eldrs-web.pdf (431 KB)
br-558.pdf (1.87 MB)
There are many different types of radiation, and indeed Intersil addresses two of these. Intersil addresses total dose testing which is basically gamma rays. Okay, and at both high and low dose rate, as we'll get into later. Intersil also addresses single event effects of a fairly broad range, and those are typically addressed by heavy ion testing.
Low dose rate testing, you have to contrast this really in order to understand this. You have to look historically at how total dose testing which is done with gamma rays, how that's been performed. Historically this has been performed at what we call high dose rate, and typically to put this in some numbers, that would run somewhere in the range of 50 to 300 rads silicon per second.
Low dose rate, on the other hand, is a much, much slower dose rate. The generally accepted number, and the one we perform our work in, is 0.01 rads a second. You see how far that's away from 300 rads a second. And that can also be expressed as 10 milirads a second if you'd like.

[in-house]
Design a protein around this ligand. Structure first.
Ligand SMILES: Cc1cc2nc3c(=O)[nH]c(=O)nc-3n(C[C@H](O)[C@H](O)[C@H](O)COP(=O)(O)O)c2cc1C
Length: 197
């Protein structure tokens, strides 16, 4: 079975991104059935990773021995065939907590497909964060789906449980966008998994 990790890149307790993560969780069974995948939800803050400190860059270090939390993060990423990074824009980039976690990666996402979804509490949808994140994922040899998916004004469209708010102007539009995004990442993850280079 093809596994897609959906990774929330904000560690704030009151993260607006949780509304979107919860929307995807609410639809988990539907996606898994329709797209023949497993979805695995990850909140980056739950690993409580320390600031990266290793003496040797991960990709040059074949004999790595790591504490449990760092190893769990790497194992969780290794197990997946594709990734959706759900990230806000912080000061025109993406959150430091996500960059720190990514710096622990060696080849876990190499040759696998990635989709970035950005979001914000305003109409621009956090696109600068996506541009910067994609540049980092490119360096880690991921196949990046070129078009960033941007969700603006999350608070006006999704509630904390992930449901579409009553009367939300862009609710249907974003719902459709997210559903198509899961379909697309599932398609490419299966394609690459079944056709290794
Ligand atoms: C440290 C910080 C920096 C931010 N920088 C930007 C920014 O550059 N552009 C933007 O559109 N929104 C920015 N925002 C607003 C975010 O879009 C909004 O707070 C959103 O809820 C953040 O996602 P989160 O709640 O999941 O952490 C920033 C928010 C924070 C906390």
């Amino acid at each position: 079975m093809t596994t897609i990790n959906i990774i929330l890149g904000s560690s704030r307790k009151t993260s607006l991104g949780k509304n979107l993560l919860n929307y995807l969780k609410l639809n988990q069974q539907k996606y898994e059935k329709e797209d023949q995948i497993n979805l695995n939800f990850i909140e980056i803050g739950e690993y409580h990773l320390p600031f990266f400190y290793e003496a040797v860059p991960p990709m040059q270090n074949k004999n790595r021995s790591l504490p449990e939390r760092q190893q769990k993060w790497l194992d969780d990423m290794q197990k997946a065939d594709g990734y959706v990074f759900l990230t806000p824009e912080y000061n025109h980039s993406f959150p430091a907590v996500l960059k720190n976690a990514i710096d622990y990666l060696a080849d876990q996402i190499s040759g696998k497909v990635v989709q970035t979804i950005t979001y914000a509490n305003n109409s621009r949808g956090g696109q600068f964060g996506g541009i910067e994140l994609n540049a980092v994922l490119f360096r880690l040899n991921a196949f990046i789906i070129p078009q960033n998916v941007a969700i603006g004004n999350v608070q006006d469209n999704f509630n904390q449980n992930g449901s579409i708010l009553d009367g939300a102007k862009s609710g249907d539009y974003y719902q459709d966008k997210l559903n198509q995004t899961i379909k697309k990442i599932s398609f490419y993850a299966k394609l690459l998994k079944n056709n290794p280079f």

Now why are we goofing with that? And the answer is that the low dose rate is what happens in space. Dose rates in space are almost uniformly low to the order of 10 milirads a second. Low dose rate radiation testing has been a, let's call it a hot topic in silicon advanced research since about 1992, okay? In 1992, some researchers out at Mich research came up with a very unusual finding which showed that certain parts that looked very good at high dose rate degrade with amazing rapidity, orders and orders of magnitude, worse at low dose rate. And so, that was not a fully intuitive result, and indeed it had to be repeated, and in the intervening 19 years there is a very large amount of work that's been done on low dose rate effects. And, as we've learned about how different parts react in low dose rate, we've, as an industry, we've swung over more towards a low dose rate testing emphasis rather than a high dose rate testing emphasis.